Over the phone Monday morning, Chehalis City Councilor Chad Taylor was in good spirits, though sounding a bit congested. Every few minutes though, a deep, rattling cough punctuated the conversation.
“The breathing is the worst (part),” he said.
Taylor, 42, spent the weekend at Providence Centralia Hospital after being rushed to the emergency room Friday when his blood-oxygen level fell to dangerously low levels two days after he was diagnosed with COVID-19.
“We see the reports that come out from the county and we see cases increase … but I don’t think we really understand,” Taylor told The Chronicle Monday morning during a phone interview.
From Friday through Sunday, 66 new cases of COVID-19 were announced. Taylor said he, like many other people, didn’t think he’d be one of the people to get sick.
“I was one of those people too,” he said. “I’ve been social distancing, I wear my mask most of the time.”
Taylor was exposed last week and tested positive for COVID-19 on Wednesday, a few days after his wife, Coralee, also tested positive. She’s been symptomatic as well, he said, but has been quarantining at home.
“She’s so tough,” he said.
Taylor said his family doctor immediately prescribed him the steroid Prednisone, due to his preexisting condition — Parkinson’s disease.
He started quarantining at home, but despite the early treatment, said symptoms came on strong.
“I got really cold on Friday night, I thought it was just chills,” Taylor said. “I went in the hot tub to try to get my body warm. I got out and I … felt really weird.”
The next thing he remembers clearly is being in the emergency department at Providence Centralia Hospital. He learned later that he’d passed out, and that his family called an ambulance to get him to the hospital.
“They ended up taking me out on a stretcher,” he said.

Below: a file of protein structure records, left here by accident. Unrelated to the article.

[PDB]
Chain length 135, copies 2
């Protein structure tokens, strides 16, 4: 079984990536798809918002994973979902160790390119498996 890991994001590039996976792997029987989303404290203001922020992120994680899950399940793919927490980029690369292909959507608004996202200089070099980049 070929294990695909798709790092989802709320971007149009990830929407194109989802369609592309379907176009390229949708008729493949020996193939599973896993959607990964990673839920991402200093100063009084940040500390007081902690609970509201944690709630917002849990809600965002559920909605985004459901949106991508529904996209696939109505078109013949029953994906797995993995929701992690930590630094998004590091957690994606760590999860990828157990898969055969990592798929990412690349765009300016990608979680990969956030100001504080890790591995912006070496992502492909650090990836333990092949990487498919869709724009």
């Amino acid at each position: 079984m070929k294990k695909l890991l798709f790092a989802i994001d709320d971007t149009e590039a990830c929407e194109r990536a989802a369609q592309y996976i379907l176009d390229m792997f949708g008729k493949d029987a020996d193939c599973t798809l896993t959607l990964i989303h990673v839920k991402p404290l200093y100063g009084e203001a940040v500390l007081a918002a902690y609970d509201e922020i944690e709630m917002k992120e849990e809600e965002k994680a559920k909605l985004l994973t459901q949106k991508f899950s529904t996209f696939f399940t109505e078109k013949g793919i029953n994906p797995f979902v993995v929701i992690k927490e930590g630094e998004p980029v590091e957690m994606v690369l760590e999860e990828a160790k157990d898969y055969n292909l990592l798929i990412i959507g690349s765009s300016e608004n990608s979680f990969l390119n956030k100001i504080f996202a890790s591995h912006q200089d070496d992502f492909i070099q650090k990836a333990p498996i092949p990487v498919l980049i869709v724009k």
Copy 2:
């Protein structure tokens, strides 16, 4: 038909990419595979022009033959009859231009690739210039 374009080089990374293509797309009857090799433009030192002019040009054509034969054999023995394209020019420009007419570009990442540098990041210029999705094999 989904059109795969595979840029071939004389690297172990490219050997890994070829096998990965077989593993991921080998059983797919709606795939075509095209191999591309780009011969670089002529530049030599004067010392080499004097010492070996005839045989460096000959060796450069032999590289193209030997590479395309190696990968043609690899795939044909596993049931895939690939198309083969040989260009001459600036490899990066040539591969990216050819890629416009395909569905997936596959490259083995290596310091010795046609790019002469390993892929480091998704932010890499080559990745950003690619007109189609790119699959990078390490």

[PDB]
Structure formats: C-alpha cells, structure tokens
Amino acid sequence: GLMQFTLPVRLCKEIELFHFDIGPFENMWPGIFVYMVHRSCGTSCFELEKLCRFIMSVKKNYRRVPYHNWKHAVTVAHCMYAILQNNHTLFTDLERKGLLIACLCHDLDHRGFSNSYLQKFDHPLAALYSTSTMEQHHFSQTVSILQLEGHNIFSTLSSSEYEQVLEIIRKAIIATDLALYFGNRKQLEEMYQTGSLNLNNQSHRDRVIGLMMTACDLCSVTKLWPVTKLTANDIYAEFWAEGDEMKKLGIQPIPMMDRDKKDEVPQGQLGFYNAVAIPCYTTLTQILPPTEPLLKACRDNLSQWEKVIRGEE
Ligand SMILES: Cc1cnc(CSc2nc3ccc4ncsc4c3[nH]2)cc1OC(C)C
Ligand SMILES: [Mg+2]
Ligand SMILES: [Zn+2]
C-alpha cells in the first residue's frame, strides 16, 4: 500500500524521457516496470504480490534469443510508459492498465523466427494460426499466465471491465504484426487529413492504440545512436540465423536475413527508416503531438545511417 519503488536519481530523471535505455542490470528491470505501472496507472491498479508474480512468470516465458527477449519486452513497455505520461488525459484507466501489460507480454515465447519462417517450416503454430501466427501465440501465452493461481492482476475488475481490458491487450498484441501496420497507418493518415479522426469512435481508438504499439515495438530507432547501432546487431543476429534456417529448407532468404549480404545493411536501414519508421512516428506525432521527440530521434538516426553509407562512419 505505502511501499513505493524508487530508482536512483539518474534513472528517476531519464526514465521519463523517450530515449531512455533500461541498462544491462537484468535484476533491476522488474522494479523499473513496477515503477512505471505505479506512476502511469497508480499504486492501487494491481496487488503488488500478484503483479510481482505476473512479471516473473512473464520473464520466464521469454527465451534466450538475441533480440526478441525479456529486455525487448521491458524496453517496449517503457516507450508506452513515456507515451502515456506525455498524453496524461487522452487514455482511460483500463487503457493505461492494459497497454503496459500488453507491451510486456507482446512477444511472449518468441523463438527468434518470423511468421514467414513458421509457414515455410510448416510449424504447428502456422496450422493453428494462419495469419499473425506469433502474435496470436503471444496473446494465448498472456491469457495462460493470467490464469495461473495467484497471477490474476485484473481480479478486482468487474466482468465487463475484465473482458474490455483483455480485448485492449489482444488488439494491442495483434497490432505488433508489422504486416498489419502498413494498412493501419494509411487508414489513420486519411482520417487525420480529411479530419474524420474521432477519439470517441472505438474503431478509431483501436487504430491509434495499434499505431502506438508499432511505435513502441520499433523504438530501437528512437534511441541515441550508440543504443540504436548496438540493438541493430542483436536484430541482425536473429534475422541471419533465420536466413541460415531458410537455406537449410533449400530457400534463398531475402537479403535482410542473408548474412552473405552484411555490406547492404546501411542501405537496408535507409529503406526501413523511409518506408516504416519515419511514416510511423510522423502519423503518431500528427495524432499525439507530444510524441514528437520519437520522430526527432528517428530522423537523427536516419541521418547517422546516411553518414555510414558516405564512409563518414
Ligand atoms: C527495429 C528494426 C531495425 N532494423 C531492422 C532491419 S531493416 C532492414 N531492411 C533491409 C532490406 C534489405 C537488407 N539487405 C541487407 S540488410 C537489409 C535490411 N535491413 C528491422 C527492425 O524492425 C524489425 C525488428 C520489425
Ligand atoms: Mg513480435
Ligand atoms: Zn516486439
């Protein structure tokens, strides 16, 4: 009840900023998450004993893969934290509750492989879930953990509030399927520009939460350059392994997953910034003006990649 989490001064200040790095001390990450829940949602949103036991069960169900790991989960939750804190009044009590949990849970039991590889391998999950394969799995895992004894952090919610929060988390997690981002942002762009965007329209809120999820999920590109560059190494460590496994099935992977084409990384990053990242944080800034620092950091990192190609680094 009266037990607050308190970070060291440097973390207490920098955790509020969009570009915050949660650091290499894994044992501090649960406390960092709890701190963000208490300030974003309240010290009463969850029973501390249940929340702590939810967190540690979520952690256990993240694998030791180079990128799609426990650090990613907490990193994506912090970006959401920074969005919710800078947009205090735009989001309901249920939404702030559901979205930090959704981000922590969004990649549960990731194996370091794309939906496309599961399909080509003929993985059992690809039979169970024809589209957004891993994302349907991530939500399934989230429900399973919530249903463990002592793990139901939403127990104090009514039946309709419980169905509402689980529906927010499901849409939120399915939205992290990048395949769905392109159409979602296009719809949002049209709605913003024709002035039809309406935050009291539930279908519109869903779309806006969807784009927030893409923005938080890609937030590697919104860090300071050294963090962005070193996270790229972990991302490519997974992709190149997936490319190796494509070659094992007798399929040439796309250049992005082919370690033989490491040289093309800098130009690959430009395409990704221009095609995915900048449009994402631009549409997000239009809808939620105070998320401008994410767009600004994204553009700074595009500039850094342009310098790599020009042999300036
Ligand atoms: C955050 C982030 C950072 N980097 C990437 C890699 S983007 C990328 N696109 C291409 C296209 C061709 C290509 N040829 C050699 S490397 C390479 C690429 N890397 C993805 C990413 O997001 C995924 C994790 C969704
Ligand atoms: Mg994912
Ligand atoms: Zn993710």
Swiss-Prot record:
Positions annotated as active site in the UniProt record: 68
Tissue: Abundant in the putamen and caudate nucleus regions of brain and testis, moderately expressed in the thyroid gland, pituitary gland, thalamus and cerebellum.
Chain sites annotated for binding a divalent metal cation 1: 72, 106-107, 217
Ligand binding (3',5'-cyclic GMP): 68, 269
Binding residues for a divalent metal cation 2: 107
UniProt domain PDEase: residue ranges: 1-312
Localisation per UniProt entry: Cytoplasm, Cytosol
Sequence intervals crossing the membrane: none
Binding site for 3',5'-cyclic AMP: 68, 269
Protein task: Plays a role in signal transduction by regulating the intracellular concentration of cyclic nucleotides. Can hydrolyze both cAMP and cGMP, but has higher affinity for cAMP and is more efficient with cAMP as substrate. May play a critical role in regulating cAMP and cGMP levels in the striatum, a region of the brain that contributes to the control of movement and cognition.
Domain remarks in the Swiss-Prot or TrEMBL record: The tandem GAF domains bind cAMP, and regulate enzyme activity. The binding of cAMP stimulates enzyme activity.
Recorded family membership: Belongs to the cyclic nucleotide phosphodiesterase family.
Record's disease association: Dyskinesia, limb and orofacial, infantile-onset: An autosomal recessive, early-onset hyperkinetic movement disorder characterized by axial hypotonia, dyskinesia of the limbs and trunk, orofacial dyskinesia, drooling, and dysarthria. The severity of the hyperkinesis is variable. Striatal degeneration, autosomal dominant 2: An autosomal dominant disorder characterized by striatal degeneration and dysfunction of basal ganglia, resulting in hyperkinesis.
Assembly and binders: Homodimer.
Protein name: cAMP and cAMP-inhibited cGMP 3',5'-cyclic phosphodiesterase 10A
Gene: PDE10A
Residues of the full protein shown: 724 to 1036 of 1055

At the hospital, medical staff learned his blood-oxygen level was in the high 80s. A normal blood-oxygen percentage is between 95 and 100 percent.
“That’s not good,” he said. “My wife was really adamant with them not to put me on a ventilator. … They ended up giving me a lot of oxygen.”
His chest x-ray confirmed the diagnosis of severe COVID-19 symptoms.
“It’s all white,” he said.
In addition to the oxygen treatment, Taylor is on IV drugs including Dexamethasone, a steroid commonly being prescribed to COVID-19 patients, and Remdesivir, an experimental treatment approved by the FDA in late October to treat COVID-19.
“The great news is Providence is part of a very large health care system, so Providence Centralia gets the same priority as any other hospital … as far as bringing the care and the treatments,” said Dr. Kevin Caserta, chief medical officer for Providence Medical Group Southwest Washington, which oversees St. Peter Hospital in Olympia and Providence Centralia Hospital.
As of Monday, Taylor was still at Providence Centralia, and said he’d likely be there for another five days while receiving care and medication.
Taylor said he chose to come forward about his diagnosis and his experiences to help put a human face to a pandemic often reported on through statistics and second-hand observations.